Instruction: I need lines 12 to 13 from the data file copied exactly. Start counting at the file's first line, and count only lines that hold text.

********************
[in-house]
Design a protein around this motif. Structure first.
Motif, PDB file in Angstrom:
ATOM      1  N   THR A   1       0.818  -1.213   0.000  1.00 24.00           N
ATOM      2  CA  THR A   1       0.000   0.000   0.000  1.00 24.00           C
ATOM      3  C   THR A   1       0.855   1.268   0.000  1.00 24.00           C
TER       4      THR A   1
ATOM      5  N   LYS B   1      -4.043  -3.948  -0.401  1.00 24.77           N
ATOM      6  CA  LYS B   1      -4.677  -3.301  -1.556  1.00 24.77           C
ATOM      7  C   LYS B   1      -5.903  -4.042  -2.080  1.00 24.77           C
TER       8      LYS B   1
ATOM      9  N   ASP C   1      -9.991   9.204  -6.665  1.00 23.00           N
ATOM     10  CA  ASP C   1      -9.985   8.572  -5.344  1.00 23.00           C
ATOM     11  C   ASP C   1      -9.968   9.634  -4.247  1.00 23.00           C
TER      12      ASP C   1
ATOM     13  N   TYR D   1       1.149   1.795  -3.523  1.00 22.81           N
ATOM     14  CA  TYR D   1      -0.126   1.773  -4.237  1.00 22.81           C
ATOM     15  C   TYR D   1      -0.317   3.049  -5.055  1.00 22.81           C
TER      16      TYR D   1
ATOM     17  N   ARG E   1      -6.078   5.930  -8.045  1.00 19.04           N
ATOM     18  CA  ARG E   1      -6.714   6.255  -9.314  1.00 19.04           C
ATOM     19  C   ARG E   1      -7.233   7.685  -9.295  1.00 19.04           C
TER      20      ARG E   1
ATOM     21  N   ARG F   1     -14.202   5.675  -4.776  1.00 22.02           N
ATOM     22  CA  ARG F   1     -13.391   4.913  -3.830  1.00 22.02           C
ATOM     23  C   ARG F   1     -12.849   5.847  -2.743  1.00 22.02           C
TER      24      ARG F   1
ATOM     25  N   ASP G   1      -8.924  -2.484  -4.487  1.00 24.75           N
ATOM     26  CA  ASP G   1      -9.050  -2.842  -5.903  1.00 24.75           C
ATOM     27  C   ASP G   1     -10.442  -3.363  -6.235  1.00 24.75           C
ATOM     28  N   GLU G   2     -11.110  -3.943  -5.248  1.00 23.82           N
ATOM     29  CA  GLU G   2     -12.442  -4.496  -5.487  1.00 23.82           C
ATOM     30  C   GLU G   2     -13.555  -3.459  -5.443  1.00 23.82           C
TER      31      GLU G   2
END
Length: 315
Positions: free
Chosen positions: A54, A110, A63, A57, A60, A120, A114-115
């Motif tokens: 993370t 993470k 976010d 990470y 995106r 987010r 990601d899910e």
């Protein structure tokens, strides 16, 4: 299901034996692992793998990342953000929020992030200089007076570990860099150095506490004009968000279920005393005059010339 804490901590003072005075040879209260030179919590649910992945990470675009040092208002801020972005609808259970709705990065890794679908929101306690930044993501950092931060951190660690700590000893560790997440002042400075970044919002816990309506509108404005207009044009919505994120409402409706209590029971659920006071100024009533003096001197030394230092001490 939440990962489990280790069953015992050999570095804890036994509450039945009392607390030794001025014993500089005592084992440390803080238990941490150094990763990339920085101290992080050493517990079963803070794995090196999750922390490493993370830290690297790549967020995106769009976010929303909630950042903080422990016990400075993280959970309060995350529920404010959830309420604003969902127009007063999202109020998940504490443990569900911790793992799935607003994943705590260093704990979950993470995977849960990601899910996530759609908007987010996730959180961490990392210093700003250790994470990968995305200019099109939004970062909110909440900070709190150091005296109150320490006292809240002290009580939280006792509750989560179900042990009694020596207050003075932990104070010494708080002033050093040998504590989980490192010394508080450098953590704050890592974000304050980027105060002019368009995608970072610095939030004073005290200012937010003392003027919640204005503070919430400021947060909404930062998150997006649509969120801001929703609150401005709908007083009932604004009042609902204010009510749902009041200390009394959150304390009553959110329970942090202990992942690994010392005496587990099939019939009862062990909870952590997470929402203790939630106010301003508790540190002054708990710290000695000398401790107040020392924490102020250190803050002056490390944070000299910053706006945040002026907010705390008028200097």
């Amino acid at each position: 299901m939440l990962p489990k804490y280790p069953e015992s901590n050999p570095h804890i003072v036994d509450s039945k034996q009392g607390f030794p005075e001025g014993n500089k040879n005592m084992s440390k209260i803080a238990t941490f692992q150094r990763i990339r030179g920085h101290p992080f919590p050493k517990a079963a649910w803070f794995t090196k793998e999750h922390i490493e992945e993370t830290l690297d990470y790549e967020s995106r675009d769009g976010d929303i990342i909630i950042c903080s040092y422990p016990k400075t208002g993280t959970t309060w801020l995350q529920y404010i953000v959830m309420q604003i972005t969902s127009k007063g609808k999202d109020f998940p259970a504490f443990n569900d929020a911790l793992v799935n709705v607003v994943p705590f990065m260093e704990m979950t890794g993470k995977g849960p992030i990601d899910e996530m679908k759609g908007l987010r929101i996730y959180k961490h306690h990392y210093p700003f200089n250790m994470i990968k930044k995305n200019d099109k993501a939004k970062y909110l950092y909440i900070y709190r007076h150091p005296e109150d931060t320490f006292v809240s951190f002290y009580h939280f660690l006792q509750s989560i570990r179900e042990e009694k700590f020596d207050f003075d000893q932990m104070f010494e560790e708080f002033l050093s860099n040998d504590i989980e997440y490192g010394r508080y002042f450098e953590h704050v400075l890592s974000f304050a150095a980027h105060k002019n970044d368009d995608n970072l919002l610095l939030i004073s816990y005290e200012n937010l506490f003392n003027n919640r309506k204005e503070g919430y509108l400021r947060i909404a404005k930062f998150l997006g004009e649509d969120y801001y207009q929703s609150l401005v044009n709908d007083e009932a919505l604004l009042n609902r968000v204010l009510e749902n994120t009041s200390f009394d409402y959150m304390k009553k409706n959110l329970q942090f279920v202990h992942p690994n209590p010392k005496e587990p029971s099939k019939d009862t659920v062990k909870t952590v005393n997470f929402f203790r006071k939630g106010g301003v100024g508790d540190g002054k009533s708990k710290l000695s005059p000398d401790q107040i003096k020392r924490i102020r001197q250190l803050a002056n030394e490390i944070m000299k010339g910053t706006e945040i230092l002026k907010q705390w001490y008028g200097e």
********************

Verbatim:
ATOM      9  N   ASP C   1      -9.991   9.204  -6.665  1.00 23.00           N
ATOM     10  CA  ASP C   1      -9.985   8.572  -5.344  1.00 23.00           C